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The political economy of a global ban on mercury-added products: positive versus negative list approaches
Luleå University of Technology, Department of Business Administration, Technology and Social Sciences, Social Sciences.ORCID iD: 0000-0003-2264-7043
2013 (English)In: Journal of Cleaner Production, ISSN 0959-6526, E-ISSN 1879-1786, Vol. 53, p. 287-296Article in journal (Refereed) Published
Abstract [en]

The main objective of this paper is to discuss and compare two regulatory options commonly used in multilateral environmental agreements. The analysis is largely conceptual but we focus in particular on the recent global efforts to gradually phase out the use of mercury-added products. In the first regulatory approach no mercury-added products would be allowed unless they are listed in an annex (the negative list), while in the second case all mercury-added products would be allowed unless they are listed in an annex (the positive list). In both cases countries may have time to make the transition away from these products through the use of exemptions. The paper provides first a conceptual discussion of bans as regulatory instruments and of the use of technology-forcing standards to attain deep reductions in the use of hazardous substances. We outline a simple theoretical framework within which different regulatory options for mercury-added products can be analyzed. This framework is employed to analyze some overall pros and cons of the negative and the positive list approaches. Speci-fically, we address a number of generic factors that may differ across the two options, such as: (a) the potential presence of different types of information inefficiencies; (b) the flexibility in compliance measures granted by the two approaches; (c) the significance of administration costs as well as other relevant policy implementation issues. The analysis indicates that the negative list approach could facilitate a more cost-effective phase-out of mercury, in part since in this case an individual country seeking exemption would bear the burden of identi-fying the need for the exemption. This requires, though, the use of long-term compliance periods for selected products groups. With the positive list approach, the one currently adopted in the so-called Minamata Convention on mercury, it may be more difficult to induce mercury users to reveal their true costs of substituting to other products. Further empirical analysis is however needed to clarify the pros and cons of each option.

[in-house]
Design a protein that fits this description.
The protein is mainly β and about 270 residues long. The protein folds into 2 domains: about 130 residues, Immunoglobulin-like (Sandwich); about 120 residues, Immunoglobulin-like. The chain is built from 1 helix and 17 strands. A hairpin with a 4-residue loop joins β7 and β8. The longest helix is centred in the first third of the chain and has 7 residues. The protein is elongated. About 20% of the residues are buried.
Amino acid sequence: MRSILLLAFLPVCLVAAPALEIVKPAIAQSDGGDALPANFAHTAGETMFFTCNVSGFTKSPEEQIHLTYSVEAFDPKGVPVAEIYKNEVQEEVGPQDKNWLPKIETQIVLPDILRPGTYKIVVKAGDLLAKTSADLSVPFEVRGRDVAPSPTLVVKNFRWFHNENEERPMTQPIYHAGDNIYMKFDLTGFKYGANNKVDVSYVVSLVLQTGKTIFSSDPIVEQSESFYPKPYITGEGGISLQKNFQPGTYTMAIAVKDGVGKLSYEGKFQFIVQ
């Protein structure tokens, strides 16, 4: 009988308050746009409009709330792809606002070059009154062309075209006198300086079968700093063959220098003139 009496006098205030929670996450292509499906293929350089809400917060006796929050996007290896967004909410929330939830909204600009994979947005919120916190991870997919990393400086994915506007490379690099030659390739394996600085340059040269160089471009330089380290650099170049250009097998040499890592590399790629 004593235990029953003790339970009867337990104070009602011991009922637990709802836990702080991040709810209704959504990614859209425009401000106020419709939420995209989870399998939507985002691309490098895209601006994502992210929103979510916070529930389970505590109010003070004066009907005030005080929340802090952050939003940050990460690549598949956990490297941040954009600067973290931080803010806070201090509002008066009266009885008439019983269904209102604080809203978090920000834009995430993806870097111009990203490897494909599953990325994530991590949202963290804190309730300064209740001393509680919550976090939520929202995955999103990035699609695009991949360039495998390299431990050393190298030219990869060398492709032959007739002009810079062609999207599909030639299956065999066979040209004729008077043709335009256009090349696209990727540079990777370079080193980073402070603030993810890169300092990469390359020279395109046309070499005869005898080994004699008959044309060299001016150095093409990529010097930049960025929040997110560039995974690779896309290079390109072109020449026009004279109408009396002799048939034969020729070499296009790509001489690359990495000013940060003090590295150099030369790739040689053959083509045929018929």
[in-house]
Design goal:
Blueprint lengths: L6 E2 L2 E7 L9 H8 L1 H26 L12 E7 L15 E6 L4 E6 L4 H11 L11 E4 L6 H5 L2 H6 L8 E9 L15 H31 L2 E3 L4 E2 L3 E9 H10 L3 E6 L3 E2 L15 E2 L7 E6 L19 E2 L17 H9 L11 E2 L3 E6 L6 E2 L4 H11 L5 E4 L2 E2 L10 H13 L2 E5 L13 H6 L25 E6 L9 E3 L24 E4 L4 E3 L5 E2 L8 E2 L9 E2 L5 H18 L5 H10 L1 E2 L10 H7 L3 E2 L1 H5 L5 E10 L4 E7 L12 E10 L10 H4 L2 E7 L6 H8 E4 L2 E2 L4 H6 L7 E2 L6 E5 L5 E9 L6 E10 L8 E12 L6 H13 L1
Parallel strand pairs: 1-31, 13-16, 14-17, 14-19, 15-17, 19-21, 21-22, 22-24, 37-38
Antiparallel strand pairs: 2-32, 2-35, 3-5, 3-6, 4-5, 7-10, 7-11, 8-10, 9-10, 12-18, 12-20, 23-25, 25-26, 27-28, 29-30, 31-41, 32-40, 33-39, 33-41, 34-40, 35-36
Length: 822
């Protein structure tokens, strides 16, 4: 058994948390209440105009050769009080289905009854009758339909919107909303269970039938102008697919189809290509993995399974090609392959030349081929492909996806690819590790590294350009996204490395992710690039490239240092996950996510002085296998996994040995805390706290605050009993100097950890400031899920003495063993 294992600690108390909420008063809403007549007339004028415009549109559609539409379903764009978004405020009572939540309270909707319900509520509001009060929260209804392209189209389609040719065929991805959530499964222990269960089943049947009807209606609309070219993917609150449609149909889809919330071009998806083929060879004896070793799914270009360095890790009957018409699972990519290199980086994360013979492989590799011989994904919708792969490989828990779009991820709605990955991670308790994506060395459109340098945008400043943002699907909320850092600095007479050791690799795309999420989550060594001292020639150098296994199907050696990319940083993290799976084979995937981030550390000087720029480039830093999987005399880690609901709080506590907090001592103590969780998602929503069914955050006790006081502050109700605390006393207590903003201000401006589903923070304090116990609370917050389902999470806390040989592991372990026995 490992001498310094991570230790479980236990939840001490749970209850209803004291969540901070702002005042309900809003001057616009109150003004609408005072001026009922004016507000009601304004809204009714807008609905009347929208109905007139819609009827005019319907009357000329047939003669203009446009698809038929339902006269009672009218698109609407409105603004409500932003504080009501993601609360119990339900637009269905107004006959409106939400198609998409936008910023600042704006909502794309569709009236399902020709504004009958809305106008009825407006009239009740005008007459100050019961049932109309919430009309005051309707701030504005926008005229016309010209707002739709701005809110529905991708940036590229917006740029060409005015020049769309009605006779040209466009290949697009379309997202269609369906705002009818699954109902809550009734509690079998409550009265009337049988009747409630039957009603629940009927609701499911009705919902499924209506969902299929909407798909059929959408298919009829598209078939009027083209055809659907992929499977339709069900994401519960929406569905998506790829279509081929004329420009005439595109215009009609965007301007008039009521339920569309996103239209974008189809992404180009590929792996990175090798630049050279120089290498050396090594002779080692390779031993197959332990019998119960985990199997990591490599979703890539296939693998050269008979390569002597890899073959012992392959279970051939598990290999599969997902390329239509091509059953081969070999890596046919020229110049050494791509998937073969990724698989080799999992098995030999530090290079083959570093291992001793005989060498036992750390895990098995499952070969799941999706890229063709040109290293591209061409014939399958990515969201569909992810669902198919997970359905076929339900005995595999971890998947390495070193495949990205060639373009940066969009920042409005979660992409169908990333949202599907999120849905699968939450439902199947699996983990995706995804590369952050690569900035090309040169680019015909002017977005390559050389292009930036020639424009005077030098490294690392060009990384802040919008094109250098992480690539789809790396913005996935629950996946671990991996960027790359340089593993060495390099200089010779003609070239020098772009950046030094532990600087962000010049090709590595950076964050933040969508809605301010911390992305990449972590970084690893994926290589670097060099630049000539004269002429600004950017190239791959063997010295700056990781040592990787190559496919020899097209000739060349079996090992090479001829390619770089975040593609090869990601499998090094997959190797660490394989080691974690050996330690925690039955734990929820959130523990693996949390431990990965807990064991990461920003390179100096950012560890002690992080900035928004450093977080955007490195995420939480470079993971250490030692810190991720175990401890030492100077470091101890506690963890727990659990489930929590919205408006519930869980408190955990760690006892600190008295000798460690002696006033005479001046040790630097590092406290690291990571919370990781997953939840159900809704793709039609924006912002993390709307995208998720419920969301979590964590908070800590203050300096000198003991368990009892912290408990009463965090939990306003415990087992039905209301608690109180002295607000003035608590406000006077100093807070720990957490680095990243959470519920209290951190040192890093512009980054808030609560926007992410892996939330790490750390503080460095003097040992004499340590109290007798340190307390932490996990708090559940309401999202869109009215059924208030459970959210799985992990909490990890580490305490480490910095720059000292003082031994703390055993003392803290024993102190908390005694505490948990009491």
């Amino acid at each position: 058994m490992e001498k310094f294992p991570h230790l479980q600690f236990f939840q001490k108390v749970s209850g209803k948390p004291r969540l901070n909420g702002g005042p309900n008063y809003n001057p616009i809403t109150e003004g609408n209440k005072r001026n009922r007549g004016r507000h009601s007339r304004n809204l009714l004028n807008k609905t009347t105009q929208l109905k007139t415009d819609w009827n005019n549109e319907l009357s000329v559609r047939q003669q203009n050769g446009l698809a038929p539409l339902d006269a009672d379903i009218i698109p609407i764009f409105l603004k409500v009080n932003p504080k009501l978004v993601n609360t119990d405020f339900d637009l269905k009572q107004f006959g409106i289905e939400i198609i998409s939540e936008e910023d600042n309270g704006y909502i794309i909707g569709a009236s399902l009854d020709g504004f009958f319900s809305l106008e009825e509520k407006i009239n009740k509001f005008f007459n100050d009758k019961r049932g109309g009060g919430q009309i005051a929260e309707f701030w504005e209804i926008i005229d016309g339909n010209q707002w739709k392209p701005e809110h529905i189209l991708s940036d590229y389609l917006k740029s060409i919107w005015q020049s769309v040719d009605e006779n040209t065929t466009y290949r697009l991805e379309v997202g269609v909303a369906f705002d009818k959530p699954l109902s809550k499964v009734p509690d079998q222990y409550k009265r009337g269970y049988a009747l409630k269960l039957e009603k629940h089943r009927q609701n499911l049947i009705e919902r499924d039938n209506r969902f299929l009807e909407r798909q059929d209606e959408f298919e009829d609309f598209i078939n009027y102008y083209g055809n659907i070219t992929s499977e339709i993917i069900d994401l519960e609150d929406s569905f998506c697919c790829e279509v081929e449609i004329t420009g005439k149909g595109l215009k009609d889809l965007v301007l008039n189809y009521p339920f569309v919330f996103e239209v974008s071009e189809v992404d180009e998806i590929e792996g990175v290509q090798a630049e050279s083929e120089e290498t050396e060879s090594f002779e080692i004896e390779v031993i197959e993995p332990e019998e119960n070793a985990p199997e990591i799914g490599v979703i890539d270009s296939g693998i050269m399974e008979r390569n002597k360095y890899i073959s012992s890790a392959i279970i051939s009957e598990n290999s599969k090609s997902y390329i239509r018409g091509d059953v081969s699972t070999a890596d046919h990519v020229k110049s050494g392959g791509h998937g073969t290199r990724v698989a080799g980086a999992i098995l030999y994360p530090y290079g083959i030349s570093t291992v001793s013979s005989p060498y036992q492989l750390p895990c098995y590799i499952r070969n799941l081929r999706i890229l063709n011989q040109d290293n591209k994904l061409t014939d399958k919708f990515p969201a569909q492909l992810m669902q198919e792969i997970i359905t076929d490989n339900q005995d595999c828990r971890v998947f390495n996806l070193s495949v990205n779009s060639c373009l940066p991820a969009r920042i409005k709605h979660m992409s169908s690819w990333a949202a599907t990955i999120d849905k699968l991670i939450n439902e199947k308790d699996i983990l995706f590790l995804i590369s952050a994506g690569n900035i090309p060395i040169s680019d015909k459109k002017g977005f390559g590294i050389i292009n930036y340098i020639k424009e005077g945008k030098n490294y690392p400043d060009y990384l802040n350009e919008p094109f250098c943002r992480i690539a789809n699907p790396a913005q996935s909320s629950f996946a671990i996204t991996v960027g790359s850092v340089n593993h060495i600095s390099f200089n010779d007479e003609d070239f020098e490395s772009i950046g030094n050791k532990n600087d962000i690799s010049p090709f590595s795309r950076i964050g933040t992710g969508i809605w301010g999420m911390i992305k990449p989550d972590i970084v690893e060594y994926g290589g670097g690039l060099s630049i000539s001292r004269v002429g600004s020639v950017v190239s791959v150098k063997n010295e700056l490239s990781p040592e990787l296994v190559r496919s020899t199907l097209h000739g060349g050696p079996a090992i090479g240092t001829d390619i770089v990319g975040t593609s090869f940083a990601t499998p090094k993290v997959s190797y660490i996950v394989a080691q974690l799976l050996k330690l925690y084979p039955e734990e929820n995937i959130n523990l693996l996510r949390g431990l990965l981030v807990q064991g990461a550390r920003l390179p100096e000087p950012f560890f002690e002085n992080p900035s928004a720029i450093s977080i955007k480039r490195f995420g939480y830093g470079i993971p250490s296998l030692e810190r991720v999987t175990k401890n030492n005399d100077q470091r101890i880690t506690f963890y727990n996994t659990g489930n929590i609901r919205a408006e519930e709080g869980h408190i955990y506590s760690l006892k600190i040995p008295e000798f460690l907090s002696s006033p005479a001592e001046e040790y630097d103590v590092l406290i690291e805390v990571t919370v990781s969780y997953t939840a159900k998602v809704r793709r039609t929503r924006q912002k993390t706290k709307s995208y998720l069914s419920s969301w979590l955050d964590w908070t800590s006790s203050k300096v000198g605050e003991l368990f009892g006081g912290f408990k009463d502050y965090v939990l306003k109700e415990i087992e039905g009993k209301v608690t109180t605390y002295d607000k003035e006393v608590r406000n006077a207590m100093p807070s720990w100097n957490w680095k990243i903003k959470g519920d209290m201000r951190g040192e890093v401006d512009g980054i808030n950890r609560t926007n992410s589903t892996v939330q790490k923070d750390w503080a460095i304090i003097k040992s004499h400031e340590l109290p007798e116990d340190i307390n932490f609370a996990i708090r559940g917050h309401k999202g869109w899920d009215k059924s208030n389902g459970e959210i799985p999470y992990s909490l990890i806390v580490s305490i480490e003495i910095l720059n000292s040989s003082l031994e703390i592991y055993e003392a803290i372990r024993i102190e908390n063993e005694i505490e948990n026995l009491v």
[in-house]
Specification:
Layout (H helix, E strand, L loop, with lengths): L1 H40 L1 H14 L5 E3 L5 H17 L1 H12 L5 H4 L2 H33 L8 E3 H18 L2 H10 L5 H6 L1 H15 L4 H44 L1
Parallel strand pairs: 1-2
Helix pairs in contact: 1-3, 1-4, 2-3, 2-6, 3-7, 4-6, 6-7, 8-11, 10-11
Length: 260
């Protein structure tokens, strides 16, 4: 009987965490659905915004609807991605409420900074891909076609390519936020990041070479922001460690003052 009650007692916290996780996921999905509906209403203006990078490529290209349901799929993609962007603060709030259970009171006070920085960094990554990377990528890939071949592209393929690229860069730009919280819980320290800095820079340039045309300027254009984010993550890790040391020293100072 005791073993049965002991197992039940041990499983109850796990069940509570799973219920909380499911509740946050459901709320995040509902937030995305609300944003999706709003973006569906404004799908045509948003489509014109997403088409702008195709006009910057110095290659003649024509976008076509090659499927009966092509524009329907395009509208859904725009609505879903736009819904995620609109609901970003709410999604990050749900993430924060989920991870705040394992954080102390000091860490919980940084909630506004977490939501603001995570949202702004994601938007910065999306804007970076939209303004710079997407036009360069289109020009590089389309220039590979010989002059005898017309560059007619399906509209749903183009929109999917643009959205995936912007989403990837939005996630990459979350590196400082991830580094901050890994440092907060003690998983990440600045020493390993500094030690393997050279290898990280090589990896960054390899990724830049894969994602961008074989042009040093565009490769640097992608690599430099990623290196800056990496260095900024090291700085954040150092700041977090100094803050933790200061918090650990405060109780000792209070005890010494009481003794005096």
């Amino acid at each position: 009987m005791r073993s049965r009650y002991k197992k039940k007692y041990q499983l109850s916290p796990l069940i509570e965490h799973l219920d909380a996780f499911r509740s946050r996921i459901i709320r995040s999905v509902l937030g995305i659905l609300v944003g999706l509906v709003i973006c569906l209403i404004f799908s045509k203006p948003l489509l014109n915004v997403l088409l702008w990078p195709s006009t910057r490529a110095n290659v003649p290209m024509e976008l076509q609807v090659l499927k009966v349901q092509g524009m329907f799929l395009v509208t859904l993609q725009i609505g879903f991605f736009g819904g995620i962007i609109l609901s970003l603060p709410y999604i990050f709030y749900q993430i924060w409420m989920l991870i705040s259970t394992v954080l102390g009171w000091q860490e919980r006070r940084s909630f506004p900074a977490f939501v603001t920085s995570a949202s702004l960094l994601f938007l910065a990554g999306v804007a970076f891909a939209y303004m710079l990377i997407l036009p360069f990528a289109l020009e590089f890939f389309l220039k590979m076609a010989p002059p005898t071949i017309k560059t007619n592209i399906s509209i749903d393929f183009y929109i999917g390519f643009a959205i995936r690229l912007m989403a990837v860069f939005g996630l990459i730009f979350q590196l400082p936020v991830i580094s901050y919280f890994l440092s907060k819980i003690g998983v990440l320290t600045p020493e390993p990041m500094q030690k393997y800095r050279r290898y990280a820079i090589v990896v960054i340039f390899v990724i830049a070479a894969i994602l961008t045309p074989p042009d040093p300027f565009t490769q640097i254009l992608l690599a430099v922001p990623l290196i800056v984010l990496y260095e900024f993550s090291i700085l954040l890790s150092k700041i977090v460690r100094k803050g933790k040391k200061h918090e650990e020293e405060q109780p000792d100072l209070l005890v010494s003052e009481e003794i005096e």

Place, publisher, year, edition, pages
2013. Vol. 53, p. 287-296
National Category
Economics
Research subject
Economics
Identifiers
URN: urn:nbn:se:ltu:diva-2498DOI: 10.1016/j.jclepro.2013.04.019Scopus ID: 2-s2.0-84878897021Local ID: 01dcbddd-2f1b-4759-b731-385b23e45880OAI: oai:DiVA.org:ltu-2498DiVA, id: diva2:975350
Note
Validerad; 2013; 20130423 (andbra)Available from: 2016-09-29 Created: 2016-09-29 Last updated: 2018-07-10Bibliographically approved

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